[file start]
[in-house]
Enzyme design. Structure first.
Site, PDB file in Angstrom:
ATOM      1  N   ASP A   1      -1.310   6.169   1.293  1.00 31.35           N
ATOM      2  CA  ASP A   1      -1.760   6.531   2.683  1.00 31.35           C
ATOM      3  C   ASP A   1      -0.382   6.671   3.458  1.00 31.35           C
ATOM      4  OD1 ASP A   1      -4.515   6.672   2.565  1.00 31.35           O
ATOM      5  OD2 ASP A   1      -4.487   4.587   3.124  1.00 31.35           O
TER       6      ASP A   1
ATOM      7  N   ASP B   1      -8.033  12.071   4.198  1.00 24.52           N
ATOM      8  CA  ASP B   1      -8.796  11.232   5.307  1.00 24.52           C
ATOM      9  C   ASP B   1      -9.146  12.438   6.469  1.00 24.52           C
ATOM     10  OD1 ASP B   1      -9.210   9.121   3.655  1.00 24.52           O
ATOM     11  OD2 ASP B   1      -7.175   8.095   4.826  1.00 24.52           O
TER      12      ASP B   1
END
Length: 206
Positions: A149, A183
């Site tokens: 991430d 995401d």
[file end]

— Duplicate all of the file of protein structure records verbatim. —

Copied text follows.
[in-house]
Enzyme design. Structure first.
Site, PDB file in Angstrom:
ATOM      1  N   ASP A   1      -1.310   6.169   1.293  1.00 31.35           N
ATOM      2  CA  ASP A   1      -1.760   6.531   2.683  1.00 31.35           C
ATOM      3  C   ASP A   1      -0.382   6.671   3.458  1.00 31.35           C
ATOM      4  OD1 ASP A   1      -4.515   6.672   2.565  1.00 31.35           O
ATOM      5  OD2 ASP A   1      -4.487   4.587   3.124  1.00 31.35           O
TER       6      ASP A   1
ATOM      7  N   ASP B   1      -8.033  12.071   4.198  1.00 24.52           N
ATOM      8  CA  ASP B   1      -8.796  11.232   5.307  1.00 24.52           C
ATOM      9  C   ASP B   1      -9.146  12.438   6.469  1.00 24.52           C
ATOM     10  OD1 ASP B   1      -9.210   9.121   3.655  1.00 24.52           O
ATOM     11  OD2 ASP B   1      -7.175   8.095   4.826  1.00 24.52           O
TER      12      ASP B   1
END
Length: 206
Positions: A149, A183
């Site tokens: 991430d 995401d």